Migration and Urban Poverty and Inequality in China
AbstractUsing data from recent surveys of migrants and local residents in 10 cities in 2005, this paper examines how migration influences measurements of urban poverty and inequality in China, and also compares how other indicators of well-being differ for migrants and local residents. Contrary to previous studies that report that the income poverty rate of migrant households is 1.5 times that of local resident households, we find relatively small differences in the poverty rates of migrants and local residents. Although the hourly wages of migrants are much lower than those of local residents, migrant workers work longer hours and have lower dependency ratios and higher labor force participation rates. Including migrants increases somewhat measures of urban income inequality. Significant differences between migrants and local residents are found for non-income welfare indicators such as housing conditions and access to social insurance programs.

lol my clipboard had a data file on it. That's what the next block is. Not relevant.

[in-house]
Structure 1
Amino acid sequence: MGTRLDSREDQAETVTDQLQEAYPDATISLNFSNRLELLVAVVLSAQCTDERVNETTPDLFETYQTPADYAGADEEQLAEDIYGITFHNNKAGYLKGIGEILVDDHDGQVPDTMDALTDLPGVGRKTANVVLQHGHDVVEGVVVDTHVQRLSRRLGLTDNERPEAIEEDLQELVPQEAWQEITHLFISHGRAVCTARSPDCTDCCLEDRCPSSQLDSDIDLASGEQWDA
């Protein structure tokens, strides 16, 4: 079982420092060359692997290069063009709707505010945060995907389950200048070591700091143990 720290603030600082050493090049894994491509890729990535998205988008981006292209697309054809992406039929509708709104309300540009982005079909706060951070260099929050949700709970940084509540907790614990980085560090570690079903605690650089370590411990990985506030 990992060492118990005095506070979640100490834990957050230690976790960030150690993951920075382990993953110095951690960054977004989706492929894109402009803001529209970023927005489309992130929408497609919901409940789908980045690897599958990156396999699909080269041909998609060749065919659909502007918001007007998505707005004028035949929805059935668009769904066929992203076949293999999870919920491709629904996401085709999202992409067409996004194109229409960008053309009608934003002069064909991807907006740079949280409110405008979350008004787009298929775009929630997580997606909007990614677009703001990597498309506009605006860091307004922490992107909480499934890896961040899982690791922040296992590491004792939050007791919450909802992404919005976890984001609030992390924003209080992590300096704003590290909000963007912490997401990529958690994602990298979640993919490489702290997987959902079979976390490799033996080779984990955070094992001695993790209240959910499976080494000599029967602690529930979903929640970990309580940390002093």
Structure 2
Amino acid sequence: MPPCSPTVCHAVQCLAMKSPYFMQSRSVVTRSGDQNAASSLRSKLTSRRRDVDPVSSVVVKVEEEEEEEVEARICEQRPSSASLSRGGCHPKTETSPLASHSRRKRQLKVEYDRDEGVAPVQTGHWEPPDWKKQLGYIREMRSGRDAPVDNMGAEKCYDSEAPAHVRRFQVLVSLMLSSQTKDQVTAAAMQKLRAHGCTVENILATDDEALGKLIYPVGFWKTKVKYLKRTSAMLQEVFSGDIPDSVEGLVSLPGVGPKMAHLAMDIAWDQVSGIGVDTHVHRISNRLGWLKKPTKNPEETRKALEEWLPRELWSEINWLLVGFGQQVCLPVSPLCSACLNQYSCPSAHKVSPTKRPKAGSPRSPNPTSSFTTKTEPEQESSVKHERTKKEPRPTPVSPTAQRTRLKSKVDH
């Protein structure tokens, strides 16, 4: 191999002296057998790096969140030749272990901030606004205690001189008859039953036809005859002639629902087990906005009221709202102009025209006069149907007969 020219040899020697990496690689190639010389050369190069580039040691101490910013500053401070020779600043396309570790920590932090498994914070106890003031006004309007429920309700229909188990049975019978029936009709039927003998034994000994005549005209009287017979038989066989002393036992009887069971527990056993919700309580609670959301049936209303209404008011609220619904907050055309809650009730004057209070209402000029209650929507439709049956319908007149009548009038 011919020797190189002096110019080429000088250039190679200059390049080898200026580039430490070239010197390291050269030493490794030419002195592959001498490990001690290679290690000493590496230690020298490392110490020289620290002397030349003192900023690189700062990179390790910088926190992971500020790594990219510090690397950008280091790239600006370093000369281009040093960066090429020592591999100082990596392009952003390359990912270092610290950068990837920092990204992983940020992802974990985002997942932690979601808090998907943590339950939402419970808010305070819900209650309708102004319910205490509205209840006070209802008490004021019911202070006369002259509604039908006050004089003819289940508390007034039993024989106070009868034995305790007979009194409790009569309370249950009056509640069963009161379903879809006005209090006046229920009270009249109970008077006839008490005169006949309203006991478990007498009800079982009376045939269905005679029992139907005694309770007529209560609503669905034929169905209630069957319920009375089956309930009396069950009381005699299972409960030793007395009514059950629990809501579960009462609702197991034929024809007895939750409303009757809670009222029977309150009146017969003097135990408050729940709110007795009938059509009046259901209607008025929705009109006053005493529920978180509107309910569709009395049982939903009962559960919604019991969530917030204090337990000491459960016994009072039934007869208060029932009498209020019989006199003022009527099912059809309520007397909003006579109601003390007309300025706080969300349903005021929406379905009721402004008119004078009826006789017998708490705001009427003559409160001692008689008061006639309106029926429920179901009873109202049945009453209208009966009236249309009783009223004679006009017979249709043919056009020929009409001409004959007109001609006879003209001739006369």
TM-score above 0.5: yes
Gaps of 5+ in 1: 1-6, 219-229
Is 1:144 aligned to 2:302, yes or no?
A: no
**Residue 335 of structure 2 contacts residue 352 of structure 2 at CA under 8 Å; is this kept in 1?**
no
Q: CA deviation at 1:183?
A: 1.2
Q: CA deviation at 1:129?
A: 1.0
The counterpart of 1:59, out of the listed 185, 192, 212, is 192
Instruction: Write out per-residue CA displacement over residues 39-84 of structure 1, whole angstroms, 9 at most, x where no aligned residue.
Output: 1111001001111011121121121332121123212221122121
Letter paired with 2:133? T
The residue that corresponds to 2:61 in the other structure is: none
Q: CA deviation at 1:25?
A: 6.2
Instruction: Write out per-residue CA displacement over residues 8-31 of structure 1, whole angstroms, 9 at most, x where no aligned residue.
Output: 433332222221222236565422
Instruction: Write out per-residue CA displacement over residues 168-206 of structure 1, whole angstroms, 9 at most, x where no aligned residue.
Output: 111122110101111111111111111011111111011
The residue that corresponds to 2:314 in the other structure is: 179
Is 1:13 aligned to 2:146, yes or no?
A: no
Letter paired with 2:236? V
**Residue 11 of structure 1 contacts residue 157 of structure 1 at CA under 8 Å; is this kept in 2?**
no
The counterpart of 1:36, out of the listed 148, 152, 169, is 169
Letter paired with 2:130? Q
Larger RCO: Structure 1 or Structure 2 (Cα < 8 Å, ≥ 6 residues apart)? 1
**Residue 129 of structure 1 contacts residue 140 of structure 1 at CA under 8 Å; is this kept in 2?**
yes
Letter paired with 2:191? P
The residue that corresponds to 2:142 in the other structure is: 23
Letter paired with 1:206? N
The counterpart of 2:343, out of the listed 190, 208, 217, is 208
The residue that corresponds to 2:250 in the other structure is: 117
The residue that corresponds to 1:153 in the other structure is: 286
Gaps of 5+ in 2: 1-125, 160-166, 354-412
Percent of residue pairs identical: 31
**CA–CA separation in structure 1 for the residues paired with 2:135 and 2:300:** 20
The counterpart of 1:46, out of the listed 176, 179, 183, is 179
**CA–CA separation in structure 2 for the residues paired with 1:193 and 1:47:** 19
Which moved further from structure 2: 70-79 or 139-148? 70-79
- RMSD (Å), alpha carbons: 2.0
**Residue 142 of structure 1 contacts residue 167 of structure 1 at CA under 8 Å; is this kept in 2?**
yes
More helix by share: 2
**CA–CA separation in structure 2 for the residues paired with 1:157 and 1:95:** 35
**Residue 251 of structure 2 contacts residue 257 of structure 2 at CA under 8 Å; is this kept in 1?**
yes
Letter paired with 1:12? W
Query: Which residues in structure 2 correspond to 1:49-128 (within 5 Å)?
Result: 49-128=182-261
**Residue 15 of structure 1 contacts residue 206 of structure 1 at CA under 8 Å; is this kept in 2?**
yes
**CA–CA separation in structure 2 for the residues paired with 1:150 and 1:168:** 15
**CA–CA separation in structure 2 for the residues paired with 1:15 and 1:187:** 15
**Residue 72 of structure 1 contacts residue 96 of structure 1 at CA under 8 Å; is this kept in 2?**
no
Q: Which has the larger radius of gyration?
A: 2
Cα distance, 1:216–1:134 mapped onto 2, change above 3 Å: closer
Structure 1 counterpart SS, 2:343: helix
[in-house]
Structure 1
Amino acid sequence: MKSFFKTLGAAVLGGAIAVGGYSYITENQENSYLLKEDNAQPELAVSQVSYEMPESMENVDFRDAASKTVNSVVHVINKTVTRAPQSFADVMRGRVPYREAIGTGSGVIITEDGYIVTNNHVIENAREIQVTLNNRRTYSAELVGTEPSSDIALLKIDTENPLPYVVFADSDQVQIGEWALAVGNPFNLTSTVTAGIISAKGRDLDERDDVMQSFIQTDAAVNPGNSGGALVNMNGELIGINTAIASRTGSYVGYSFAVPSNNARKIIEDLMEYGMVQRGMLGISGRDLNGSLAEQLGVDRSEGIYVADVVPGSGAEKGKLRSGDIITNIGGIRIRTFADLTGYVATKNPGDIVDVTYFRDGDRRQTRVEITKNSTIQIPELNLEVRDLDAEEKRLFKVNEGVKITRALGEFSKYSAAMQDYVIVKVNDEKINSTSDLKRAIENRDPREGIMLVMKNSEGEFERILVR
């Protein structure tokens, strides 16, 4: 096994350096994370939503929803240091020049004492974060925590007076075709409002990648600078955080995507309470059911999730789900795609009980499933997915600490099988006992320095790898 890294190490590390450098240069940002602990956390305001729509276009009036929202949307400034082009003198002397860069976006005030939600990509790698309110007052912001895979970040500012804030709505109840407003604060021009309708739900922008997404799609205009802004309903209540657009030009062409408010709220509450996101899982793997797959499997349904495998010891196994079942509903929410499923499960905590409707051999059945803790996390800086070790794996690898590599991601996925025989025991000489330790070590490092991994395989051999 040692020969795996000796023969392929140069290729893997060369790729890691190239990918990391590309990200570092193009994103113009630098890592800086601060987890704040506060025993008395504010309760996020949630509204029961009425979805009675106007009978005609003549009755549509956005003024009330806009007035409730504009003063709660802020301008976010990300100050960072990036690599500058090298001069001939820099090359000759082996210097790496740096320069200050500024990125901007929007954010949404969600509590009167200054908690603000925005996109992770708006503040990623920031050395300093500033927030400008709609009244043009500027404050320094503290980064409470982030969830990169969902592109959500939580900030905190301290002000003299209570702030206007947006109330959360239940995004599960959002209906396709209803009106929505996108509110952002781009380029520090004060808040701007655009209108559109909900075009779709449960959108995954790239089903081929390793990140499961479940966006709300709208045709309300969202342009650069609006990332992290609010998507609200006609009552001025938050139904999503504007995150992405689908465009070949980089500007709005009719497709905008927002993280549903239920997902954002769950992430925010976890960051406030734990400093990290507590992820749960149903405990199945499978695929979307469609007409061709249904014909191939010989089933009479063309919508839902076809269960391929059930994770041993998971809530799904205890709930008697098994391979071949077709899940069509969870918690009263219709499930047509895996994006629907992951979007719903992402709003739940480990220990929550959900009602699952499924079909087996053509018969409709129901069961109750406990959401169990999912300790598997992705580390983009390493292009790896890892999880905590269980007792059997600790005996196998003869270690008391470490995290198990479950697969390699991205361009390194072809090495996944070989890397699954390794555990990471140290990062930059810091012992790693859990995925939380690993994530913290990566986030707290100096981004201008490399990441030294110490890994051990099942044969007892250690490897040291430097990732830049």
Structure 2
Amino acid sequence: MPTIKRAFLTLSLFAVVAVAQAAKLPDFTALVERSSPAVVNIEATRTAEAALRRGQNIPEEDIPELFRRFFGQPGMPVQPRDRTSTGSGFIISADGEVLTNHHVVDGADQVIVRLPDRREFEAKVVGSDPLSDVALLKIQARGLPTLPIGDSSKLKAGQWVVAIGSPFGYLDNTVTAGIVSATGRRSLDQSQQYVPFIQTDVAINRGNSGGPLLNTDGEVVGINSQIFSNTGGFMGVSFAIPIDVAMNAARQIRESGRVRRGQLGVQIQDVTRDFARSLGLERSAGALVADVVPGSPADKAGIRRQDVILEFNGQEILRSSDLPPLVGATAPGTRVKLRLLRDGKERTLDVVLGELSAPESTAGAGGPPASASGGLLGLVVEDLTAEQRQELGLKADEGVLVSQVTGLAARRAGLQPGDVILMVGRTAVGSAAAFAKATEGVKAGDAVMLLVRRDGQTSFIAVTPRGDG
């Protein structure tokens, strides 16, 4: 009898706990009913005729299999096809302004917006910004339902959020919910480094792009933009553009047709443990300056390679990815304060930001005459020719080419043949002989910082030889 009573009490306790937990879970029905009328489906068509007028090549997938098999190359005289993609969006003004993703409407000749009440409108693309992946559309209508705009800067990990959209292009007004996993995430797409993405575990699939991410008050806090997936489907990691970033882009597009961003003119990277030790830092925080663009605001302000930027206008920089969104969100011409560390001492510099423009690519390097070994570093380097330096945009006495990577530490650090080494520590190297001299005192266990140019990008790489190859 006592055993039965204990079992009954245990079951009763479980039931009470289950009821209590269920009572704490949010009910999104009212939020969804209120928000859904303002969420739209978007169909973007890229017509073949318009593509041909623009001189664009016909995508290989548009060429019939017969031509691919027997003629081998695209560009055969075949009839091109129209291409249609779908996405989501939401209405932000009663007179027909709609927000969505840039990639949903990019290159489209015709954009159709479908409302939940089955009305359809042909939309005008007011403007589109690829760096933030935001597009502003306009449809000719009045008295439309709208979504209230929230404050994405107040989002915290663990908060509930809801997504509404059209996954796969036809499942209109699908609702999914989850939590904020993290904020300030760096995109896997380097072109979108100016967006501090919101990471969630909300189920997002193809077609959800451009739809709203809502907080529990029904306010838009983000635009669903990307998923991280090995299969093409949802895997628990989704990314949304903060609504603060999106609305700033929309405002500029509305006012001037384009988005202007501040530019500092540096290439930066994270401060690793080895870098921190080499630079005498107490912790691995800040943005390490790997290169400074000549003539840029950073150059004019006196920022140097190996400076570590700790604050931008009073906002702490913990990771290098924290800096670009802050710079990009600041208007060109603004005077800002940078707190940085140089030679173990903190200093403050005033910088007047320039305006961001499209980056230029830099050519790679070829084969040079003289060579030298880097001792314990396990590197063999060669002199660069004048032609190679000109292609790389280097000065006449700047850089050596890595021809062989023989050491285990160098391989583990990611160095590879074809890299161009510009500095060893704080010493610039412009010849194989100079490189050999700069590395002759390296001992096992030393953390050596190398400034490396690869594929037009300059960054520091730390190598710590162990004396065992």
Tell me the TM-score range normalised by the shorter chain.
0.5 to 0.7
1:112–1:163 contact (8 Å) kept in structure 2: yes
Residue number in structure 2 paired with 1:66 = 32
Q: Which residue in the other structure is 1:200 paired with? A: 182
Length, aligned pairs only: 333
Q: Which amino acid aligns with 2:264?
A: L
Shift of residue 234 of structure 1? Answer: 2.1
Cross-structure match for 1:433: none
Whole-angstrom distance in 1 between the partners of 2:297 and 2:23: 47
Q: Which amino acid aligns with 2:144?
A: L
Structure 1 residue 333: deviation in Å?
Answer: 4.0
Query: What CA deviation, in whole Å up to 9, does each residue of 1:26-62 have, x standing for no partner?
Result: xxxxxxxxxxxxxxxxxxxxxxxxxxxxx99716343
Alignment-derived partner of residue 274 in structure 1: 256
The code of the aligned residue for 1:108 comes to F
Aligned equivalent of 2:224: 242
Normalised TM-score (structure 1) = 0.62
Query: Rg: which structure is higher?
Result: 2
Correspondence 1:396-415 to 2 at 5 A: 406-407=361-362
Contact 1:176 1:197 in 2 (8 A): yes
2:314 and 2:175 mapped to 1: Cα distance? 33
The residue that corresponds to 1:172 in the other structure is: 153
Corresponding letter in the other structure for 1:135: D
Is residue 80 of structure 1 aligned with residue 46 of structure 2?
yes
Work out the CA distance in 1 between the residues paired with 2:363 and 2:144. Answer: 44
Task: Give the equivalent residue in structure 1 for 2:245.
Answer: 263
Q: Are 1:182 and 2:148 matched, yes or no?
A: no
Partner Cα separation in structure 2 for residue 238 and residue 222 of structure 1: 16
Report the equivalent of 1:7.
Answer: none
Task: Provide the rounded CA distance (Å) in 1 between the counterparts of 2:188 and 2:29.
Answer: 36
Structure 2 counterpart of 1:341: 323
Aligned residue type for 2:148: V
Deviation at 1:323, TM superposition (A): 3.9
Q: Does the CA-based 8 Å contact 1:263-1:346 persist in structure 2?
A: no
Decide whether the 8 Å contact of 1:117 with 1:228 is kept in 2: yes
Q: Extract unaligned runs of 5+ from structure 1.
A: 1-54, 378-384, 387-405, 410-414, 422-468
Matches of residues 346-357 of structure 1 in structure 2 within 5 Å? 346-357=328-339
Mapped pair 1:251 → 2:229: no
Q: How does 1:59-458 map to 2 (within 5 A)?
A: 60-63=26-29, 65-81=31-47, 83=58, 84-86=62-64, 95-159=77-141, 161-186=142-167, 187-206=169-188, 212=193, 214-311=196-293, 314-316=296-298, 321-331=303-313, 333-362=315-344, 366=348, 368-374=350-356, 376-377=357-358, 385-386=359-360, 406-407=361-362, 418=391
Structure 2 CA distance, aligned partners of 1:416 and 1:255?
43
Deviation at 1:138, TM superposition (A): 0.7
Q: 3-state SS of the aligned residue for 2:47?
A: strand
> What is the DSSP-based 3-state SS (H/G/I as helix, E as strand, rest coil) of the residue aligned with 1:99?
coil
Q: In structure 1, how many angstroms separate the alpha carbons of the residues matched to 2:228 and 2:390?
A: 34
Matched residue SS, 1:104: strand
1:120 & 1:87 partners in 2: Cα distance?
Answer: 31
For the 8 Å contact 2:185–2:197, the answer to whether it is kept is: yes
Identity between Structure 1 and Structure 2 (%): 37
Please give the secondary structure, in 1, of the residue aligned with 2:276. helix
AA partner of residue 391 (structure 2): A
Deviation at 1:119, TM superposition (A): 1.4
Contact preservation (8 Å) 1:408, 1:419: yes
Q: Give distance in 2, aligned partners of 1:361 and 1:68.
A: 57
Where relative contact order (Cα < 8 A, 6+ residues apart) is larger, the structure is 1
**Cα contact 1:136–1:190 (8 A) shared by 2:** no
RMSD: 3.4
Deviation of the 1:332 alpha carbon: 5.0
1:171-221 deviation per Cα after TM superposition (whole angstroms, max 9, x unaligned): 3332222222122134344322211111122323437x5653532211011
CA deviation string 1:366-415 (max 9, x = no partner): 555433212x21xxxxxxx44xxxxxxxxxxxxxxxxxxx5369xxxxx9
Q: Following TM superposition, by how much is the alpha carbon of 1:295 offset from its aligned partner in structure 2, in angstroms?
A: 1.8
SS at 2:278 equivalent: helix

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Bibliographic InfoPaper provided by Institute for the Study of Labor (IZA) in its series IZA Discussion Papers with number 4877.
Length: 39 pages
Date of creation: Apr 2010
Date of revision:
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Find related papers by JEL classification:
- J61 - Labor and Demographic Economics - - Mobility, Unemployment, and Vacancies - - - Geographic Labor Mobility; Immigrant Workers
- O15 - Economic Development, Technological Change, and Growth - - Economic Development - - - Economic Development: Human Resources; Human Development; Income Distribution; Migration
This paper has been announced in the following NEP Reports:
- NEP-ALL-2010-04-24 (All new papers)
- NEP-CNA-2010-04-24 (China)
- NEP-DEV-2010-04-24 (Development)
- NEP-MIG-2010-04-24 (Economics of Human Migration)
- NEP-TRA-2010-04-24 (Transition Economics)
- NEP-URE-2010-04-24 (Urban & Real Estate Economics)
Please report citation or reference errors to , or , if you are the registered author of the cited work, log in to your RePEc Author Service profile, click on "citations" and make appropriate adjustments.:
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17036, University Library of Munich, Germany.
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